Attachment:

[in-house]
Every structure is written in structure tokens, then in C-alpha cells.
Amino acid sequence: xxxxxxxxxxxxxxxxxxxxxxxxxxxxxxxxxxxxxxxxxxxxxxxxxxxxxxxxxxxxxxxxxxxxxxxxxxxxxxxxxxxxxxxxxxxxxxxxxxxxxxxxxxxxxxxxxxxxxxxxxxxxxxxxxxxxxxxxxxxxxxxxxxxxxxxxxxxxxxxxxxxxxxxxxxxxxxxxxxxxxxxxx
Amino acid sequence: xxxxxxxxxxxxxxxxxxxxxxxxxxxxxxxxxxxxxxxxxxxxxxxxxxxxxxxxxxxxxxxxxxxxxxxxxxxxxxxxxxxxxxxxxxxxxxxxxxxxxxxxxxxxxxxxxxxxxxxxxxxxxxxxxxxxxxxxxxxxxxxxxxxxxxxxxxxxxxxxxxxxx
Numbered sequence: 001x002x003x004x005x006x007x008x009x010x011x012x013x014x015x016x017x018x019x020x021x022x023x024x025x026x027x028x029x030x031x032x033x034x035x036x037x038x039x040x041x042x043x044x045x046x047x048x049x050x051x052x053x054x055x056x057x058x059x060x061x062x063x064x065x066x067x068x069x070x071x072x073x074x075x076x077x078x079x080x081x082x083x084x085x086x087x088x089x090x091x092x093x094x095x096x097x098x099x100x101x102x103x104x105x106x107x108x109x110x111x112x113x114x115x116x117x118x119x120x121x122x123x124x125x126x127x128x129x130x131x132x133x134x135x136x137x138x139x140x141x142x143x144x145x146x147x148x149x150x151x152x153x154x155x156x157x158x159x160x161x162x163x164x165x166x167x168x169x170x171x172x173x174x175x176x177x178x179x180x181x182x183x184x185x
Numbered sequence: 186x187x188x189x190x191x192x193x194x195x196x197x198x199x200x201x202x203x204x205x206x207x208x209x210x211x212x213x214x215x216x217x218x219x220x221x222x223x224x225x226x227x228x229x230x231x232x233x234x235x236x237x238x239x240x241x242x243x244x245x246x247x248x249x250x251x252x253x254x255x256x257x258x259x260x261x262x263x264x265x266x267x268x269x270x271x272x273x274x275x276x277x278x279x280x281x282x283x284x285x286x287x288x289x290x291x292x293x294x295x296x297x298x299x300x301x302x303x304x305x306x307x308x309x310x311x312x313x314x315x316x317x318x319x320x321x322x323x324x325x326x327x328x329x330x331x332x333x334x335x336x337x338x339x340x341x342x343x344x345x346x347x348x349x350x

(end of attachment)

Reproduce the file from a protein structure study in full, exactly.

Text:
[in-house]
Every structure is written in structure tokens, then in C-alpha cells.
Amino acid sequence: xxxxxxxxxxxxxxxxxxxxxxxxxxxxxxxxxxxxxxxxxxxxxxxxxxxxxxxxxxxxxxxxxxxxxxxxxxxxxxxxxxxxxxxxxxxxxxxxxxxxxxxxxxxxxxxxxxxxxxxxxxxxxxxxxxxxxxxxxxxxxxxxxxxxxxxxxxxxxxxxxxxxxxxxxxxxxxxxxxxxxxxxx
Amino acid sequence: xxxxxxxxxxxxxxxxxxxxxxxxxxxxxxxxxxxxxxxxxxxxxxxxxxxxxxxxxxxxxxxxxxxxxxxxxxxxxxxxxxxxxxxxxxxxxxxxxxxxxxxxxxxxxxxxxxxxxxxxxxxxxxxxxxxxxxxxxxxxxxxxxxxxxxxxxxxxxxxxxxxxx
Numbered sequence: 001x002x003x004x005x006x007x008x009x010x011x012x013x014x015x016x017x018x019x020x021x022x023x024x025x026x027x028x029x030x031x032x033x034x035x036x037x038x039x040x041x042x043x044x045x046x047x048x049x050x051x052x053x054x055x056x057x058x059x060x061x062x063x064x065x066x067x068x069x070x071x072x073x074x075x076x077x078x079x080x081x082x083x084x085x086x087x088x089x090x091x092x093x094x095x096x097x098x099x100x101x102x103x104x105x106x107x108x109x110x111x112x113x114x115x116x117x118x119x120x121x122x123x124x125x126x127x128x129x130x131x132x133x134x135x136x137x138x139x140x141x142x143x144x145x146x147x148x149x150x151x152x153x154x155x156x157x158x159x160x161x162x163x164x165x166x167x168x169x170x171x172x173x174x175x176x177x178x179x180x181x182x183x184x185x
Numbered sequence: 186x187x188x189x190x191x192x193x194x195x196x197x198x199x200x201x202x203x204x205x206x207x208x209x210x211x212x213x214x215x216x217x218x219x220x221x222x223x224x225x226x227x228x229x230x231x232x233x234x235x236x237x238x239x240x241x242x243x244x245x246x247x248x249x250x251x252x253x254x255x256x257x258x259x260x261x262x263x264x265x266x267x268x269x270x271x272x273x274x275x276x277x278x279x280x281x282x283x284x285x286x287x288x289x290x291x292x293x294x295x296x297x298x299x300x301x302x303x304x305x306x307x308x309x310x311x312x313x314x315x316x317x318x319x320x321x322x323x324x325x326x327x328x329x330x331x332x333x334x335x336x337x338x339x340x341x342x343x344x345x346x347x348x349x350x